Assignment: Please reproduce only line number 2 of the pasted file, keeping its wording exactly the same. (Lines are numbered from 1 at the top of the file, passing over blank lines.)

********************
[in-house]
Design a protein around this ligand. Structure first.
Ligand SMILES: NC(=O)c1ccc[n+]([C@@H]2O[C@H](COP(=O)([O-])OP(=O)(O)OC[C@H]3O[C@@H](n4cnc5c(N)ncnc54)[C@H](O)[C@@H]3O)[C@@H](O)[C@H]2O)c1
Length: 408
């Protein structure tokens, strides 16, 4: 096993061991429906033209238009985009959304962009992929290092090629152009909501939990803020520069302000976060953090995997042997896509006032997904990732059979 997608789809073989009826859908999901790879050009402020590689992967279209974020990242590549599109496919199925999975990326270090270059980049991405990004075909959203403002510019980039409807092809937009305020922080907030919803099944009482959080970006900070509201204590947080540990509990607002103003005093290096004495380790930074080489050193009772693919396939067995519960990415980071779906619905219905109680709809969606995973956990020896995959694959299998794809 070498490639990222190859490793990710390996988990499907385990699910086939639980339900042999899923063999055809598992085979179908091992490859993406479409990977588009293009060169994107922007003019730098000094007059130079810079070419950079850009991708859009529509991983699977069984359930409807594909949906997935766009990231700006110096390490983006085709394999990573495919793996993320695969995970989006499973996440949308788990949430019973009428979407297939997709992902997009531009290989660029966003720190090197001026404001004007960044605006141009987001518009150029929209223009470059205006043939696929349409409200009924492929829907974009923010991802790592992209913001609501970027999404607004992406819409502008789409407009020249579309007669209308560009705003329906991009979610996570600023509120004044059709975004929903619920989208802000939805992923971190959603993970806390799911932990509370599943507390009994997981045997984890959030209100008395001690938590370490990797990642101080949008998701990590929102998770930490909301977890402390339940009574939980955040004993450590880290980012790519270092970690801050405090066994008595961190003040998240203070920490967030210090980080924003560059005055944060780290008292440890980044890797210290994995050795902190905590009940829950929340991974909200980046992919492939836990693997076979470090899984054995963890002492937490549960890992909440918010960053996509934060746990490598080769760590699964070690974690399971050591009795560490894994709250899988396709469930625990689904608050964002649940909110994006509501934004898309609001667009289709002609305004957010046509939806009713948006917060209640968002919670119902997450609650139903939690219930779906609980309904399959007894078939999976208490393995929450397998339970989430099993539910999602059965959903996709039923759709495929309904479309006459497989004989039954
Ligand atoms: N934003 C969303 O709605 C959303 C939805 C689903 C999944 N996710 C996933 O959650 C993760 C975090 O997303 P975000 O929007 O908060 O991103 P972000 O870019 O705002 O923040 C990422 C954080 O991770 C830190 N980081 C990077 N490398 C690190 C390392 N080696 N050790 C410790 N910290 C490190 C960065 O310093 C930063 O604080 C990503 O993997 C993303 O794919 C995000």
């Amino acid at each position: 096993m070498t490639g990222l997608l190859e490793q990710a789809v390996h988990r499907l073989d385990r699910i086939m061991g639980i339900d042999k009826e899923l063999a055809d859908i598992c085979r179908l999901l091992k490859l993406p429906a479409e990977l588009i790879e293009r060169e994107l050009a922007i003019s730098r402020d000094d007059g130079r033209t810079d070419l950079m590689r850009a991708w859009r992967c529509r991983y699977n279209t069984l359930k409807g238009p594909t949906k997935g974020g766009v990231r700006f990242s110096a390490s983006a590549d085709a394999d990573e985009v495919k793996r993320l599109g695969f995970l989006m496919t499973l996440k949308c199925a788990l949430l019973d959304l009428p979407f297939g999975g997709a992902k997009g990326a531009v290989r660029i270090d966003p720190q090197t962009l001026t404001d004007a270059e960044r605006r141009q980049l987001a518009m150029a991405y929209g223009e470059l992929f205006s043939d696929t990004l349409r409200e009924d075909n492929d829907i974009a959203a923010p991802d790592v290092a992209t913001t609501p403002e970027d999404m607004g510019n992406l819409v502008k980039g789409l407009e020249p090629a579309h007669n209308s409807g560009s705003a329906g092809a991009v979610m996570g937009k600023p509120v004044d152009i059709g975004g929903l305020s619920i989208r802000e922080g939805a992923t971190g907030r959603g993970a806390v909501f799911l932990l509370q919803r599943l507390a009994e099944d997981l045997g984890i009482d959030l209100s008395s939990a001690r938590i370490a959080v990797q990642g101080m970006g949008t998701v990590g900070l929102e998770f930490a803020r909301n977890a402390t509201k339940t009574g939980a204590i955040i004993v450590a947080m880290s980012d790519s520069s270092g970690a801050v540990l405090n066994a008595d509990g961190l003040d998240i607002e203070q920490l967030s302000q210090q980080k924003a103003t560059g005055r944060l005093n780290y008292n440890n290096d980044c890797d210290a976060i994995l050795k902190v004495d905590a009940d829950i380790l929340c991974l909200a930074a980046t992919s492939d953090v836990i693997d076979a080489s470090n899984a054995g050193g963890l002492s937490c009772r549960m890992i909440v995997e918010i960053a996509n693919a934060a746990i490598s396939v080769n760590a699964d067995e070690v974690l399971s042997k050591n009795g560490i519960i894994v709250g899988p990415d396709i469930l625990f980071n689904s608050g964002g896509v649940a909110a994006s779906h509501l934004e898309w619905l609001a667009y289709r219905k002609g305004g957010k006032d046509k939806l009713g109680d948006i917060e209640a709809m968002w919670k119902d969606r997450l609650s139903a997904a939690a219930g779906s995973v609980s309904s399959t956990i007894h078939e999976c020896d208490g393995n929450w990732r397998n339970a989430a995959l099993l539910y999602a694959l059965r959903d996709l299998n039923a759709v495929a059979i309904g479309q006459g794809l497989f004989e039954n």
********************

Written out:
Design a protein around this ligand. Structure first.